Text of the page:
Here’s one quick example. Are you targeting buyers in a science or high-stakes field (i.e. medical technology) where proof is paramount? Use data and stats to back up your commentary, because company reputation and even lives could be at stake for the reader.
Every B2B content writer’s checklist for buyer persona development and use should include:
- Emotional data -- what are the persona’s fears, frustrations, and goals? How can you show the reader you understand and care?
- Priority -- A wise man once said, “To be everywhere is to be nowhere.” It’s impossible to please everyone at once, so narrow a content piece’s focus to one target audience at a time whenever possible.
- Pain points & opportunities -- acknowledge, either plainly or subtly, the consequences of action vs. inaction on your proposed solution. “Please try our precision machining services” isn’t enough.
3. Your internal team, especially the traditionalists, just can’t contain themselves.
My favorite piece of advice I’ve ever heard about marketing content writing is this:
“Make your customer the hero of the story.”
The days of buyers tolerating used-car salesman pitches are long gone. (Quite literally -- 76% of vehicle shoppers hit up a search engine before visiting a dealership.) This shift goes for B2B buying as well. Unless trained in writing for modern buyer tendencies and the “inbound” methodology, your salespeople, and even your marketing staff, are probably going to churn out the content equivalent of shovelware. Your writing team needs to check itself, asking at every turn, “Am I saying what I want them to hear, or what they need to hear?”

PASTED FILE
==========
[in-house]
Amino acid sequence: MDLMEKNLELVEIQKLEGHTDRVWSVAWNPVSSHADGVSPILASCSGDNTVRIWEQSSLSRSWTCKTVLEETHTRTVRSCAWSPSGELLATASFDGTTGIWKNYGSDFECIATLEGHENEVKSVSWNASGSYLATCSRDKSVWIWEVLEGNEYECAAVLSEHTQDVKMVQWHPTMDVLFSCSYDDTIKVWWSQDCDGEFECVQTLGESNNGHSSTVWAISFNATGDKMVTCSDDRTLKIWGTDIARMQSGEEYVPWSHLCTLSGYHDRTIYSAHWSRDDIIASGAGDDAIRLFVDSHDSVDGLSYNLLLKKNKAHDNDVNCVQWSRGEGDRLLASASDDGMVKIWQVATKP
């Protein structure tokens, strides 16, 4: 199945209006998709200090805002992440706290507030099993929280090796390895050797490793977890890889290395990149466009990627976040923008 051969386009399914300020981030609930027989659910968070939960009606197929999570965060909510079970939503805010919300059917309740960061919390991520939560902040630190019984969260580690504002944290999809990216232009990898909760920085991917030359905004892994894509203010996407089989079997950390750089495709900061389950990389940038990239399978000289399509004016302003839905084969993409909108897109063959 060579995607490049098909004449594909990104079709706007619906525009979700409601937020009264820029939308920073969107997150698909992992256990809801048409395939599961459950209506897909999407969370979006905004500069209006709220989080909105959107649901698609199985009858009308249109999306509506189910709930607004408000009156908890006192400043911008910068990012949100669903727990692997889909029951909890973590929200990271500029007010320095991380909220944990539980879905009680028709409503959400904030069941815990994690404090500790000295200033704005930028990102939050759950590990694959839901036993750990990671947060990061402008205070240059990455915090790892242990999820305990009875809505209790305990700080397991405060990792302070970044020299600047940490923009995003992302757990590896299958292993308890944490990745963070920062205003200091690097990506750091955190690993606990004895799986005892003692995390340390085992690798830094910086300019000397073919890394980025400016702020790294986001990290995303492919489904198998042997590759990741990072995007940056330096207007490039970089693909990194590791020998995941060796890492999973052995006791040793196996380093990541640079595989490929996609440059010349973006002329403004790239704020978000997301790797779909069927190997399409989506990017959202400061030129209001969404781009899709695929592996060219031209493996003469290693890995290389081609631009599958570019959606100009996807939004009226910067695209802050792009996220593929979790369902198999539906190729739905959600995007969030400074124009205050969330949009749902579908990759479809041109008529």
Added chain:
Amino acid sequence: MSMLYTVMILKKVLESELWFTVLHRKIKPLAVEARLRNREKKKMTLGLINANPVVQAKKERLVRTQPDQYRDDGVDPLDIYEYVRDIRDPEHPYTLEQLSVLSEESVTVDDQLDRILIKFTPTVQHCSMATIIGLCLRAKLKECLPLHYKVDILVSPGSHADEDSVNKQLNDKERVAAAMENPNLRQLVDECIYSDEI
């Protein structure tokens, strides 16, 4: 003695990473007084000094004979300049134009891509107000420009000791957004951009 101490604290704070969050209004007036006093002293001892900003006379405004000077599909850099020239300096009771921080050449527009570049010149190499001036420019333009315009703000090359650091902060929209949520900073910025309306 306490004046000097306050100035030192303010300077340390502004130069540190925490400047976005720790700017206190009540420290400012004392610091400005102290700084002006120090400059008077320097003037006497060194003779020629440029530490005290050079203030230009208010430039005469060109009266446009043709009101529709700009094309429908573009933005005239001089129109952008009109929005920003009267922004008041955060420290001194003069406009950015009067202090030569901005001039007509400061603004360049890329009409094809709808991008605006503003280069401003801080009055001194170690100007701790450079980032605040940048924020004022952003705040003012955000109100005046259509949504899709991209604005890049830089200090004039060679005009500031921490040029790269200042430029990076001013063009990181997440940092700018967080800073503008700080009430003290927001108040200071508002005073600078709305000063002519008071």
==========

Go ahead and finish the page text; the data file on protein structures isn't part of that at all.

So many business copywriters cram their marketing assets with sales pitch-y language, with no regard for that persona’s typical journey to a purchase. This is either because:
- They’re legitimately super-excited about their product/service
- “That’s the way it’s always been done.”
Of course, in any business situation, the latter answer is not a viable excuse. In the case of the former … patience is a virtue in B2B content campaigns. These buyers’ sales cycles tend to be months long (at least) and involve several stakeholders.
So tone down the elevator pitch, except for buyers who are clearly ready to actually buy. Trying to get the sales team to adopt this mindset can be like trying to convert a BSB fan to an NSYNC fan. Sometimes it takes an external marketing mind to give Sales and the C-suite a reality check as to what customers actually want to hear -- and how content marketing is a long game.
(Pretend this is three-fifths of NSYNC.)
4. They think ‘SEO’ stands for ‘Simple Entertainment Only.’
Being a good writer and being a good digital marketing writer? Not the same thing. Your writing staff must not only understand SEO = search engine optimization, but also how search engines penalize or catapult your ranking based on SEO.
For a page to rank in Google or other search engines, it must prove expertise and trust. Google, by far the dominant search engine on Earth and wherever Thanos came from (I’ve watched zero “Avengers” movies), used to center its ranking algorithm on short keywords. If your page used those 1-2 words, it had a shot.
Today, Google puts just as much weight -- if not more -- on “searcher intent.” Today you can type a question to Google Search just like you’d ask a human being, and still get a coherent, relevant answer. This approach to evaluating webpages makes it harder to succeed by simply including the same keyword 176 times on that page. Now you’ve got to use the right long-tail keywords and adapt your content to your persona’s search intent.